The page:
While many banks and some credit unions offer hospitality financing, it is a niche field and there are lending hurdles, especially for new builds or construction projects. For this reason, frustrated borrowers often look to private lenders. One such Dallas-based direct private lender closed nearly $400 million in hospitality loans in 2018. And while there is a host of reputable private lending firms for borrowers to consider, the interest rates on offered loans are usually higher than a traditional lending institution. This leaves borrowers in a pickle.

According to the American Bankers Association 2018 “The State of Digital Lending” report, banks are seeking to compete with non-bank lending firms by expanding digital lending channels. While the report noted that many traditional banks offer “some form of digital capabilities around lending,” such as loan status, loan payments and basic account information, “the majority of banks’ lending processes, including online applications, onboarding, processing, underwriting and funding, have yet to be overhauled through technology.”

Now, streamlined lending marketplaces offer borrowers the opportunity to negotiate the best loan terms from even the traditional lenders–all with one application. Recall the aforementioned digital loan portal. This represents a huge step forward in lending, especially given that in the past the borrower would fill out a loan application for every single lender, inputting the same data in the same required fields several times over. This can deter an otherwise well-qualified borrower who grows weary of the process to truly seek out the most competitive rate, agreeing possibly to an offer that’s merely the “best” within a limited scope. Or, the borrower gets careless with duplicative data entry and provides incorrect information or misses required fields altogether.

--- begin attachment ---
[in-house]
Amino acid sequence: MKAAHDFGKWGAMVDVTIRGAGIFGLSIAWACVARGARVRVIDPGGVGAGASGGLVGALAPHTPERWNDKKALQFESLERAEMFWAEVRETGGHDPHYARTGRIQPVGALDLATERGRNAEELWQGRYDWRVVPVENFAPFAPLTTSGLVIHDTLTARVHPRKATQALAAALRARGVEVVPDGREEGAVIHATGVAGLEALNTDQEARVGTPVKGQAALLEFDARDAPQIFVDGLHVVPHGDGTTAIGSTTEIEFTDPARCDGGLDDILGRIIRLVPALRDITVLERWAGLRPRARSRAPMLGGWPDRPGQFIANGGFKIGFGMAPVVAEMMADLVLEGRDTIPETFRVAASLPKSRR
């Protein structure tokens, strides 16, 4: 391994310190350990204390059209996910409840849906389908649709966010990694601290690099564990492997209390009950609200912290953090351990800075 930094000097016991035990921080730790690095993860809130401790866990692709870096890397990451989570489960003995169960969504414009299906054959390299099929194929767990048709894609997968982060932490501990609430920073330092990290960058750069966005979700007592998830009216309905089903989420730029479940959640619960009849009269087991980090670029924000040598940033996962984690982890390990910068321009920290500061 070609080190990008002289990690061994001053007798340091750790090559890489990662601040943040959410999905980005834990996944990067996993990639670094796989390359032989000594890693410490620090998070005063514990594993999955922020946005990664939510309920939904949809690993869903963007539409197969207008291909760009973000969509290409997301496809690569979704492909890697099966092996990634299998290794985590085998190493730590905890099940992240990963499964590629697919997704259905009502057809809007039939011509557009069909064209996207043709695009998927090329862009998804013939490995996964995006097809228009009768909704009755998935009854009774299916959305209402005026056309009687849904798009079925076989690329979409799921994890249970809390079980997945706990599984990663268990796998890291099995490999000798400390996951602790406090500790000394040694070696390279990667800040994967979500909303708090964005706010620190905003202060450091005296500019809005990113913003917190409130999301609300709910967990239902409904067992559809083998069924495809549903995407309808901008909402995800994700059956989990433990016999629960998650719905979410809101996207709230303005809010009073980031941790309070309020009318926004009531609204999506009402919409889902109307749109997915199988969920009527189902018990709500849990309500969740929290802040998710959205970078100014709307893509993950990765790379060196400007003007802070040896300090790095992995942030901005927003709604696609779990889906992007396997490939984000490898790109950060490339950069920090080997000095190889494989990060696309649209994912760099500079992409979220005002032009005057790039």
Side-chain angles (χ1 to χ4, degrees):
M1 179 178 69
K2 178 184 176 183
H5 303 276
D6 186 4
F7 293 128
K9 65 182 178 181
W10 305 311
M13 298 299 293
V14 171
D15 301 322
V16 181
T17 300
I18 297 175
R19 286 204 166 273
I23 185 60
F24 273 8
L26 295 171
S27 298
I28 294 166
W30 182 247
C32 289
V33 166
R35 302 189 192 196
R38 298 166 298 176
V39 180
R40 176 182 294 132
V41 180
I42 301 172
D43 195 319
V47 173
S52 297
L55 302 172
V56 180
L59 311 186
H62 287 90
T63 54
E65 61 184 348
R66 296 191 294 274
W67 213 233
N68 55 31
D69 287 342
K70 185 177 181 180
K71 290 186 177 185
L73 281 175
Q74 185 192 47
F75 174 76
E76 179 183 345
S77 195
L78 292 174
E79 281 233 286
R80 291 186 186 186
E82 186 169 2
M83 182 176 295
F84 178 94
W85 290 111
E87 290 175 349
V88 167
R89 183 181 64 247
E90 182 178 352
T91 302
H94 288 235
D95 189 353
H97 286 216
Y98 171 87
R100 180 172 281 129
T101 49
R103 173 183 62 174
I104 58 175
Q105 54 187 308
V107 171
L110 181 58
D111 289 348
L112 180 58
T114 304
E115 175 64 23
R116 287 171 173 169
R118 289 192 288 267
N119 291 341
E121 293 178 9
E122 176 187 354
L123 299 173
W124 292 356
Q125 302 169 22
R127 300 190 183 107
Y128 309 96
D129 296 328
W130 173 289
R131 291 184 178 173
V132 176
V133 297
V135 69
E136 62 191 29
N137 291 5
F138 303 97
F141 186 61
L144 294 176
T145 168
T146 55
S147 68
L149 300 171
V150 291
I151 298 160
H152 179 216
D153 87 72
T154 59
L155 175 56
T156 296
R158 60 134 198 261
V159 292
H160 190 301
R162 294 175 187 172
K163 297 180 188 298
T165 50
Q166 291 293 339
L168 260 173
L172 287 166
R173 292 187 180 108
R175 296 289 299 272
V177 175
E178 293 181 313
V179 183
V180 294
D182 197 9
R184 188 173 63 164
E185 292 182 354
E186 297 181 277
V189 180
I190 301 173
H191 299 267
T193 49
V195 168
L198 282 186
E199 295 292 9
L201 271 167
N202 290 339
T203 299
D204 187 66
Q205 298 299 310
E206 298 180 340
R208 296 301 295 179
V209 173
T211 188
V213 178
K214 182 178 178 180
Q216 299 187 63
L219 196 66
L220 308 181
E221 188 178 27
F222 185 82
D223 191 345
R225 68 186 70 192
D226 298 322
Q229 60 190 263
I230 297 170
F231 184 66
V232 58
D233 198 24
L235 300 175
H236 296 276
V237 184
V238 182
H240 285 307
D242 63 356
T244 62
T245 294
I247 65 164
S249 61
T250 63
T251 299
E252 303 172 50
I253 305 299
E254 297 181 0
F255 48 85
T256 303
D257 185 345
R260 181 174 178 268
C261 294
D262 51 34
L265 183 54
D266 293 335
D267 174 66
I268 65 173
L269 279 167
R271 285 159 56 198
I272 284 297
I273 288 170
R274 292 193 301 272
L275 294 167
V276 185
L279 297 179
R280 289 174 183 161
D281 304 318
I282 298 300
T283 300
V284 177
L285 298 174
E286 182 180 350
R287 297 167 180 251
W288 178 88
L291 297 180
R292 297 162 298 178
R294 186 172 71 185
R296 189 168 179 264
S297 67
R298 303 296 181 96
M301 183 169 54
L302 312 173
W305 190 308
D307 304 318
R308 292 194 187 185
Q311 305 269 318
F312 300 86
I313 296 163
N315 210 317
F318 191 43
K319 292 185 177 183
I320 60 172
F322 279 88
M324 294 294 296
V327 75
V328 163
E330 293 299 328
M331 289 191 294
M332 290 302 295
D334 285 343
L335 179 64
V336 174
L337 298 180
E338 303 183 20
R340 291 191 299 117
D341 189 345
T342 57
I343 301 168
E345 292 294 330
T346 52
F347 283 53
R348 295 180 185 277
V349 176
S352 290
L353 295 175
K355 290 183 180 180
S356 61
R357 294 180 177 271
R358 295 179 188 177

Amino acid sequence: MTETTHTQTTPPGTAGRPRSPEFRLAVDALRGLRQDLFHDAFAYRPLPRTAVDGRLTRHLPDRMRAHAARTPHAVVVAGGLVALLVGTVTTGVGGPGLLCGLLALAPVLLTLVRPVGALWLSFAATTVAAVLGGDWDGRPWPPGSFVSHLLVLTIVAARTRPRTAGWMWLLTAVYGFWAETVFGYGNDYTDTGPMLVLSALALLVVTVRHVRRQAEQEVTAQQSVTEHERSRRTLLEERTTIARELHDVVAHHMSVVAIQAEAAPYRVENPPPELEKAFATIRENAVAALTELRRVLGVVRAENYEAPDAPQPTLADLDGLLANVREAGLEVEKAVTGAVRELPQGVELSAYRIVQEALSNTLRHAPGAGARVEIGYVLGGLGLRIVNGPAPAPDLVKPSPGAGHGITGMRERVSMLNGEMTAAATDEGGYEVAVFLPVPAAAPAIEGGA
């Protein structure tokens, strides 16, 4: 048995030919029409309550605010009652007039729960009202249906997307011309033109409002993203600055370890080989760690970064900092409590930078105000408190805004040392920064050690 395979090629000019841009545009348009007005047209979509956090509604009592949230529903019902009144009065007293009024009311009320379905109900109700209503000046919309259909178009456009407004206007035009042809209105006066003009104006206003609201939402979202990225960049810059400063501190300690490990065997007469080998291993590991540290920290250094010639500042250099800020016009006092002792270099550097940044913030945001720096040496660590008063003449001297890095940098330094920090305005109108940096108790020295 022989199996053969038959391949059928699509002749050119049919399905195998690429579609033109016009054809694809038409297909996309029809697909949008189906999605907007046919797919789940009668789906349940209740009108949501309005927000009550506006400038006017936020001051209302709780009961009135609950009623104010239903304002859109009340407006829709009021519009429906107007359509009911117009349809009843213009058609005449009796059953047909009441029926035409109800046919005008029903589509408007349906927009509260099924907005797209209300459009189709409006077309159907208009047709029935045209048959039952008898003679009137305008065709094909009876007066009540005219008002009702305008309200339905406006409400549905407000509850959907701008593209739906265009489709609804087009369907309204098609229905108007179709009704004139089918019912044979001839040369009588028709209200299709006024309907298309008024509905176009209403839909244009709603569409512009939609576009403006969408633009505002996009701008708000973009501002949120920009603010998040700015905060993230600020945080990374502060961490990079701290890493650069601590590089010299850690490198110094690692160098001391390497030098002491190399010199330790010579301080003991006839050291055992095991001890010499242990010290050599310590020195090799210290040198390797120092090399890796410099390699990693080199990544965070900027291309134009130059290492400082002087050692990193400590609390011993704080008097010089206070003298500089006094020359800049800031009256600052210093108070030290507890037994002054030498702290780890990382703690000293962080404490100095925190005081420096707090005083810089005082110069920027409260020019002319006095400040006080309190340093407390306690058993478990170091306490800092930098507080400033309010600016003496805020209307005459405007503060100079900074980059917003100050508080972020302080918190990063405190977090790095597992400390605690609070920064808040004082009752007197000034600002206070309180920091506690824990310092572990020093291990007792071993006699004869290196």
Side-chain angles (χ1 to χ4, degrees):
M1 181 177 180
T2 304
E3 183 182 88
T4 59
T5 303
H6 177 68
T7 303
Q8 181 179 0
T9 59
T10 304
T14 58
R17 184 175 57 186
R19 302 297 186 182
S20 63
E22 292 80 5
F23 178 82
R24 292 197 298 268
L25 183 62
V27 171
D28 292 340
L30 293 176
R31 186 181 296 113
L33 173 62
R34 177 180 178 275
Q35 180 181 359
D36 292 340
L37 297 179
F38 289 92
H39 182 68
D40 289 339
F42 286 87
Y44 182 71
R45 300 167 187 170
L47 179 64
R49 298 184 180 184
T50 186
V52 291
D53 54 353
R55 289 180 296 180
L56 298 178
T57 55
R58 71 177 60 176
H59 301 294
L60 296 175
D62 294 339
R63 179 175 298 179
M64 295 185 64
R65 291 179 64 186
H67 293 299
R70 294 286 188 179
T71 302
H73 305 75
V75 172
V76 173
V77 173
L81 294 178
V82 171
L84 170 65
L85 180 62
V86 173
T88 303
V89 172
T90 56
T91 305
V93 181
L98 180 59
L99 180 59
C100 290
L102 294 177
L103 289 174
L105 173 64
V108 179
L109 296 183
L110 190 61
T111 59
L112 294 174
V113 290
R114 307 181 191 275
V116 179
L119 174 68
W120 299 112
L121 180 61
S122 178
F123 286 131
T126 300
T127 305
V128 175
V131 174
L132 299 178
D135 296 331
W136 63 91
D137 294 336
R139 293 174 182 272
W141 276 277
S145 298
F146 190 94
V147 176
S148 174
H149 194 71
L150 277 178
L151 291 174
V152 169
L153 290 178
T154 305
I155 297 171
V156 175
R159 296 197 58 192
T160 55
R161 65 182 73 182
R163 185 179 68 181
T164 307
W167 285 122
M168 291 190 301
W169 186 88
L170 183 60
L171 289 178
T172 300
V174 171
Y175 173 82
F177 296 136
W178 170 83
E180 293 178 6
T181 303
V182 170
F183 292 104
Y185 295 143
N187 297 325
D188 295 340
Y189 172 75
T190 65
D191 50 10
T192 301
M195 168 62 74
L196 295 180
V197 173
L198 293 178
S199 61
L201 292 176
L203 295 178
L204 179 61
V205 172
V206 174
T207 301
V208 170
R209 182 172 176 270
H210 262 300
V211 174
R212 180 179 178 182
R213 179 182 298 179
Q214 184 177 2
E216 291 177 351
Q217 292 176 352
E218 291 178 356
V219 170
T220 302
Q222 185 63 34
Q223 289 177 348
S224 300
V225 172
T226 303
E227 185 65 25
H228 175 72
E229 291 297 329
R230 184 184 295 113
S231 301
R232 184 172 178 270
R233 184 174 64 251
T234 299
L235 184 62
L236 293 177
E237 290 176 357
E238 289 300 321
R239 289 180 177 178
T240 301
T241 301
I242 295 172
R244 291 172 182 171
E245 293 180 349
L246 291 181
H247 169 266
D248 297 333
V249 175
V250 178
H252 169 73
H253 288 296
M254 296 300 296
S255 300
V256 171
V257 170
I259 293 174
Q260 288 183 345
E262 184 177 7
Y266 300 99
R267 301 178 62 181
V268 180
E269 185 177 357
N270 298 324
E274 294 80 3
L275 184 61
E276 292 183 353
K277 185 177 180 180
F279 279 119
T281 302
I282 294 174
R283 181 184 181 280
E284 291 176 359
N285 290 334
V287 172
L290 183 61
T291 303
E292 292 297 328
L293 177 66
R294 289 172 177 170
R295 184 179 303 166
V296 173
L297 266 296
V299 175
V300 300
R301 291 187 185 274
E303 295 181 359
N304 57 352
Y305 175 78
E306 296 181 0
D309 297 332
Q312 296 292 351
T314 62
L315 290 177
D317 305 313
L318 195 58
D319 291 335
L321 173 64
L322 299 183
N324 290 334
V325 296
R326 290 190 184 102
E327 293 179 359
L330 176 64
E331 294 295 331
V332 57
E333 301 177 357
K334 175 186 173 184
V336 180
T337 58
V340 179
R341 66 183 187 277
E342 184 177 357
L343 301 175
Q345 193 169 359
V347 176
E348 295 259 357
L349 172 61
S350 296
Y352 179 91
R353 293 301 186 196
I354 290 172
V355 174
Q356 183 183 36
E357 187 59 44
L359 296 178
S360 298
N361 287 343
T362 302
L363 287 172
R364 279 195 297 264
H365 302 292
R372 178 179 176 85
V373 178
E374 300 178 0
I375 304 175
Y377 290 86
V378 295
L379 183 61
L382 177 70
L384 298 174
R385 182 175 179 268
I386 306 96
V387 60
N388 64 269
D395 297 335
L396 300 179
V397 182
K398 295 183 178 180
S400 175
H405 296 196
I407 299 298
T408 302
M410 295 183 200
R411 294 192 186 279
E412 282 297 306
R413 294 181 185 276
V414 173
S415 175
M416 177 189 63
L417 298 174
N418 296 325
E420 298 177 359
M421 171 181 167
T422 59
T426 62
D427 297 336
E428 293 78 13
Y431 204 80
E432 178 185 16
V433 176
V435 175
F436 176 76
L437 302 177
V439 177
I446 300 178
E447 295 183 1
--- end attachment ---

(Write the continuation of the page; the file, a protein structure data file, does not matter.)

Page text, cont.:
Alternatively, online lending platforms enable borrowers to simplify data entry by requesting it just once and submitting a standard application to multiple lenders with one click. Information is repurposed across requests and can be updated over time as needed for future loan requests. In a marketplace format, applicants can indicate what type of lenders they are seeking and which loan programs they are open to. The lenders, in turn, can target the type of borrower they would consider engaging and avoid needing to manually filter through hundreds of applications.

Lenders and borrowers share the same frustrations with the loan application process. Whereas a borrower may be overwhelmed by the process, a lending officer may also grow tired of triple-checking, for example, that all forms are completed and signed. These back-and-forth exchanges ultimately take a toll on the borrower-lender relationship. But by engaging a digital loan platform, the platform essentially becomes the application manager alerting both the lender and the borrower about the status of the loan application, what forms are required and when, or when the lender has made a loan decision.

Closing the deal

Digital lending platforms are an industry game changer for delivering that loan approval too. Deals can happen more quickly because all documentation related to the project is housed in one secure location. Critical loan data is current and always at the ready. As a result, informed decisions are made in real time about a project, be it an acquisition, new construction or refinancing.

Whether a borrower is experienced or inexperienced in hospitality, technology is leveling the playing field. And while industry experts have historically advised borrowers to allow at least three months for the loan discovery and selection process, tech tools, in many cases, have reduced the application process time by two thirds or more.

Hospitality is considered one of the more complicated and riskier commercial real estate loans. The evolution toward a more modern way of lending will translate to address the common challenges found across all commercial real estate. Technology has provided a way to streamline the borrower application and underwriting process, and its use is only going to grow.